A new method to estimate hemoglobin mass (Hbmass) requires capillary blood and rebreathing a carbon-monoxide (CO) bolus for 2 min. We hypothesized that incomplete circulatory mixing of CO could confound this method, so we compared capillary with venous blood to determine whether sampling site altered the percentage of carboxyhemoglobin (%HbCO) and the reliability and accuracy of the "2-min Hbmass." The conventional 20-min CO-rebreathing procedure was used as the Hbmass criterion.Methods:
In the first experiment (N = 12), both fingertip capillary and antecubital venous blood were sampled 4 and 6 min after commencing 2 min of CO-rebreathing. Within 8 d, these subjects completed two 2-min and one 20-min CO-rebreathing periods. For the latter, capillary and venous blood were collected simultaneously after two 10-min periods of rebreathing. In a second experiment (N = 6), both capillary and venous blood were sampled 4, 6, 8, 10, and 12 min after commencing 2 min of CO-rebreathing. A third experiment (N = 6) evaluated the reliability of a modified 2-min CO-rebreathing test with capillary blood sampled at minutes 8 and 10.Results:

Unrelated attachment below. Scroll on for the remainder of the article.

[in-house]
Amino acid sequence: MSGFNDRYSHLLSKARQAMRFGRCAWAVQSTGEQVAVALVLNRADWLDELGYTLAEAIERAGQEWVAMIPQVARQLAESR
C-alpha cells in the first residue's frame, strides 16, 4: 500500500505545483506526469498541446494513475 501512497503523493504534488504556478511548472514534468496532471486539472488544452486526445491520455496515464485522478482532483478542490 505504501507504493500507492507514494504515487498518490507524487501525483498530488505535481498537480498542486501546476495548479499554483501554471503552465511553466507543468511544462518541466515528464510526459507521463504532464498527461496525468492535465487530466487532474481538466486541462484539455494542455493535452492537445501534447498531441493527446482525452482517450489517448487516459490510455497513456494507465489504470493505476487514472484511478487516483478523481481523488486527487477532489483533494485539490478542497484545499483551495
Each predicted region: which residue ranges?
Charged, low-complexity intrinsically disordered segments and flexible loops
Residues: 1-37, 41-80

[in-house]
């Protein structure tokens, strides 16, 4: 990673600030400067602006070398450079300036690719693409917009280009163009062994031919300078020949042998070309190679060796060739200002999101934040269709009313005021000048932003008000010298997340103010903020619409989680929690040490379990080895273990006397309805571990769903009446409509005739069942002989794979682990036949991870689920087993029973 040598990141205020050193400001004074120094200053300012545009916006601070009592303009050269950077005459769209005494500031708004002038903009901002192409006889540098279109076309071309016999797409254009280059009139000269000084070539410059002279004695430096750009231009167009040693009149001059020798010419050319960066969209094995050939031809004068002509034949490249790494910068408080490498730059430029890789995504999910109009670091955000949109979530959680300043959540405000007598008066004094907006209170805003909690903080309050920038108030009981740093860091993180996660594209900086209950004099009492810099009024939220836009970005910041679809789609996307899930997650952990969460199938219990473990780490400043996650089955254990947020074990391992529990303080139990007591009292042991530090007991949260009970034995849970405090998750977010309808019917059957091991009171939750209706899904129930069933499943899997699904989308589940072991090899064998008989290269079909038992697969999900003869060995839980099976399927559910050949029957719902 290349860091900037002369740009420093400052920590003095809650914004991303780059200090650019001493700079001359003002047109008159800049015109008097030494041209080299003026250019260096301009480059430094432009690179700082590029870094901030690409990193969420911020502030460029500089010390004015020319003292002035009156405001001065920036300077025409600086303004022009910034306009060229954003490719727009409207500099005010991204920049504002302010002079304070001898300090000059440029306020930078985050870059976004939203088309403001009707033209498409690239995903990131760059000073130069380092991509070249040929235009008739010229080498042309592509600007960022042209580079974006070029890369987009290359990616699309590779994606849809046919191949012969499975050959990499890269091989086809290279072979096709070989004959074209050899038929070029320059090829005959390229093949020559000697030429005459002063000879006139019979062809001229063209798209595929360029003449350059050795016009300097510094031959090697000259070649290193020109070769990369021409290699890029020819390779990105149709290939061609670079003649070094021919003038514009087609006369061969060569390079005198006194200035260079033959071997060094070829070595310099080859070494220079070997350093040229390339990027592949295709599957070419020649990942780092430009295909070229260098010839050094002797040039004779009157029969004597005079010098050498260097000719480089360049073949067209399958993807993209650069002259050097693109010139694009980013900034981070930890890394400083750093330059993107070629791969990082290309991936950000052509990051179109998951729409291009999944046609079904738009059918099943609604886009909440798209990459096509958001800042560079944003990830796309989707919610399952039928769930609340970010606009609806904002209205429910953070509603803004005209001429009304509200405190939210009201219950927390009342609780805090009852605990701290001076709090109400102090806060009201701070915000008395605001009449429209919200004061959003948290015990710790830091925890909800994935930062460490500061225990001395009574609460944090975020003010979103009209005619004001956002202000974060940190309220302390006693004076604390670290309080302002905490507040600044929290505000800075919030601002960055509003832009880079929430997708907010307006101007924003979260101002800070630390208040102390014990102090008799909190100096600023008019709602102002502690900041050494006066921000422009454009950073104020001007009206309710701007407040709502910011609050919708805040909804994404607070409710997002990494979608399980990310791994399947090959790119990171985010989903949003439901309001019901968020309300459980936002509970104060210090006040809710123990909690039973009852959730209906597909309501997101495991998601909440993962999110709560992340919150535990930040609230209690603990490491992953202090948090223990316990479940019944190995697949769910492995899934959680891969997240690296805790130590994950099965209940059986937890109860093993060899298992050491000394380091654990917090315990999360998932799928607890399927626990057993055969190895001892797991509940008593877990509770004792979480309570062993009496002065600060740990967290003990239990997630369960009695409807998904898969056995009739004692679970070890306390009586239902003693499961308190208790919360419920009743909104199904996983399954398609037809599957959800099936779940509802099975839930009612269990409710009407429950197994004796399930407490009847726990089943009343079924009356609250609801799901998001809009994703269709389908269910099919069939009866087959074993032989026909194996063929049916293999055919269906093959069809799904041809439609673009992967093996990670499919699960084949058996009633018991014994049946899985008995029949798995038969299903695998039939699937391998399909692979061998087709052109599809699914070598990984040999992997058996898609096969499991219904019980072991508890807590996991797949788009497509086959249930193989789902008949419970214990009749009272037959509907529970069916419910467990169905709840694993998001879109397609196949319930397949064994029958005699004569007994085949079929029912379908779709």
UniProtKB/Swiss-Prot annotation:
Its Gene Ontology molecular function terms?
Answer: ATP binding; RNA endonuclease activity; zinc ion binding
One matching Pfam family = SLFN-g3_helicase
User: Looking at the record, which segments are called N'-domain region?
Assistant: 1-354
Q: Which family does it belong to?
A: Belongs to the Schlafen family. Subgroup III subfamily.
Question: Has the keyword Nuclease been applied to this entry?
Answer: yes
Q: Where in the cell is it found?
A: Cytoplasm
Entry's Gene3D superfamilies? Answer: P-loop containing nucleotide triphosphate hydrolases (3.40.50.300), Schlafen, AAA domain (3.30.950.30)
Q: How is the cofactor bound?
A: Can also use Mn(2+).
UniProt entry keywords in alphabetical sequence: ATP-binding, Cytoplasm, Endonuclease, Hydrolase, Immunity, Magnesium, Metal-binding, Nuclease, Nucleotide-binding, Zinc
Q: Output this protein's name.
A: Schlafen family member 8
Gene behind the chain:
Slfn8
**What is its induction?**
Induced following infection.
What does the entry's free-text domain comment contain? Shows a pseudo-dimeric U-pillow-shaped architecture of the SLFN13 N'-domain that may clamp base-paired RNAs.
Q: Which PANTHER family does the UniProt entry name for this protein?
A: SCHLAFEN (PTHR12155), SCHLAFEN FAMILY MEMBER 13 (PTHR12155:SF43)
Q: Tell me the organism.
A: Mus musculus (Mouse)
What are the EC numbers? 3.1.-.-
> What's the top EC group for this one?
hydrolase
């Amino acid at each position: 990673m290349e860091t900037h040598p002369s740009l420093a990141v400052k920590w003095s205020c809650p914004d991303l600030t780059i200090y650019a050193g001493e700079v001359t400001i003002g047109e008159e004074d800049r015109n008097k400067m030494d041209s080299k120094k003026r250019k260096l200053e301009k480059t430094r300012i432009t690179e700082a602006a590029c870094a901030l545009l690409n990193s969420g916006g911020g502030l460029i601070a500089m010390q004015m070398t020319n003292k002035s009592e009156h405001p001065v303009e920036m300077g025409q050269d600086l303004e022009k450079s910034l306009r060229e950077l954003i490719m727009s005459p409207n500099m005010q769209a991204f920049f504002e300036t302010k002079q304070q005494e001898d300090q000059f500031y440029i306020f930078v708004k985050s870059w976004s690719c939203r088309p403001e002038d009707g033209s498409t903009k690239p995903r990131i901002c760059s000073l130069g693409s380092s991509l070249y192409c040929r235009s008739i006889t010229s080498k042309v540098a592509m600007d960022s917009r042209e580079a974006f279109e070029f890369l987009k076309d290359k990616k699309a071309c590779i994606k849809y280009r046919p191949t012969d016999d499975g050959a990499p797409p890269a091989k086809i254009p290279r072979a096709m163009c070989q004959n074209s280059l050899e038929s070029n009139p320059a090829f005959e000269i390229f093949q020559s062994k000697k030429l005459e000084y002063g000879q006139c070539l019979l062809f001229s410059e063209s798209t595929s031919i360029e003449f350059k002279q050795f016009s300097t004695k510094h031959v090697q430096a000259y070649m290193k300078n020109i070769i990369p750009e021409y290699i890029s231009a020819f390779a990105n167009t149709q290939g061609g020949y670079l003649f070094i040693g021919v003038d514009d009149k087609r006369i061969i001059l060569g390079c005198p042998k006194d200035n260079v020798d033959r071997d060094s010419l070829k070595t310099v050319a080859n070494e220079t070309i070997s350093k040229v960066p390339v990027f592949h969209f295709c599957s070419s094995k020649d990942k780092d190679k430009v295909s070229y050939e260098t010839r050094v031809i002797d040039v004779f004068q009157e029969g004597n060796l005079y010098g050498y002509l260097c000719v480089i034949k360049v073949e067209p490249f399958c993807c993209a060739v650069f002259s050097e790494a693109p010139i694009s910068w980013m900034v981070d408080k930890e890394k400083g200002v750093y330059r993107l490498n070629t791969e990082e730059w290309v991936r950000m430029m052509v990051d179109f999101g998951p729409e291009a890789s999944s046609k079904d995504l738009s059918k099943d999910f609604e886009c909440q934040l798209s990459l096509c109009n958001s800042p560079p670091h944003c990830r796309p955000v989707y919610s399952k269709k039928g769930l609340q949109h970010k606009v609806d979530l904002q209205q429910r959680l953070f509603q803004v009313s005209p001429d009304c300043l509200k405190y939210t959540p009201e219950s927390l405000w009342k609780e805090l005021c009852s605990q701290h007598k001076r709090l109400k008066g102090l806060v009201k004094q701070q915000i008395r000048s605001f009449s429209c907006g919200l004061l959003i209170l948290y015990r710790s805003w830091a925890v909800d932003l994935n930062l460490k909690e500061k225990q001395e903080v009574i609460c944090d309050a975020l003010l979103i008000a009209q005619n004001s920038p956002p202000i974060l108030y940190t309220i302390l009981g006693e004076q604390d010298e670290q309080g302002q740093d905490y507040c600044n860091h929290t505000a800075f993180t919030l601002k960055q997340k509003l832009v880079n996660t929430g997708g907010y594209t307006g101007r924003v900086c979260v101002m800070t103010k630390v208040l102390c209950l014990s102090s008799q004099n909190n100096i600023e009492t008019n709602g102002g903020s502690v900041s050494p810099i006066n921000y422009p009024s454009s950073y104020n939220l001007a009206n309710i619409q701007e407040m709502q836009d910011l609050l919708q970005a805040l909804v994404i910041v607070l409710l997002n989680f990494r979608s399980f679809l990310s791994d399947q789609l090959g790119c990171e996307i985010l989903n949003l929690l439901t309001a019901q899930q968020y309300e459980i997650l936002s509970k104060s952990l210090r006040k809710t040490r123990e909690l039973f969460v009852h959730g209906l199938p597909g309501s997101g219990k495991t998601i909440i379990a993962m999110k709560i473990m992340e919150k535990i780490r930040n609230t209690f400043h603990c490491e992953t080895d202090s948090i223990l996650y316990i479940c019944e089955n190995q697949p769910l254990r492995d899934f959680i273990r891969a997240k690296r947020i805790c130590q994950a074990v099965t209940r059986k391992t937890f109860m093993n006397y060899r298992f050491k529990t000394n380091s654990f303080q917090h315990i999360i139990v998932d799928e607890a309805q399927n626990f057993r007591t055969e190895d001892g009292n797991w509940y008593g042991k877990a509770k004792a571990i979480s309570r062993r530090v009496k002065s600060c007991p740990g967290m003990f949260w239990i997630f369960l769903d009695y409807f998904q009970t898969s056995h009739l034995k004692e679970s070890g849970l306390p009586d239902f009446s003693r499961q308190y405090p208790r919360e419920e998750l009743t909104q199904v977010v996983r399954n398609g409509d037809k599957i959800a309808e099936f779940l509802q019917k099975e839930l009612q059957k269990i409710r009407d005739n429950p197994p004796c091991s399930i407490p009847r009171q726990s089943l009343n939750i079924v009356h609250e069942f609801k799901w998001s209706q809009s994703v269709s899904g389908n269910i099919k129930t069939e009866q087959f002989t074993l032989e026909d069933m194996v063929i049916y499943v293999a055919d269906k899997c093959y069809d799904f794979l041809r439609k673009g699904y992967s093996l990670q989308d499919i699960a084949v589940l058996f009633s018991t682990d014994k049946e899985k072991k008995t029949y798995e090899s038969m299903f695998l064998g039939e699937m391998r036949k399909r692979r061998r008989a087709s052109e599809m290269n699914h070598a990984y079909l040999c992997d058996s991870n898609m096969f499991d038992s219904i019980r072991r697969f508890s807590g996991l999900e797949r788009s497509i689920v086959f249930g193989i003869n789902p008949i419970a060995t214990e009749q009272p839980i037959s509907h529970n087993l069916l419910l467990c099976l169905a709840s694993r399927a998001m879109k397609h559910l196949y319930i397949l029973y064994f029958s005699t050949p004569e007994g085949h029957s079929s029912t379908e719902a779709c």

Typical error (TE) for the first two 2-min tests was 1.1% (90% confidence limits 0.9-1.8%), but the average Hbmass from 2-min capillary blood was 4.8% lower than from venous blood for the 20-min procedure. In the second experiment, peak venous %HbCO occurred at minute 6, and the difference between capillary and venous values was minimal (mean ± SD; 0.08 ± 0.07, 0.01 ± 0.09) at minutes 8 and 10. TE for the third experiment was 1.2% (0.8-2.5%).Conclusion:
A modified 2-min CO-rebreathing procedure using capillary or venous blood sampled 8 and 10 min after starting CO-rebreathing allows complete circulatory mixing and provides an accurate and reliable estimate of Hbmass.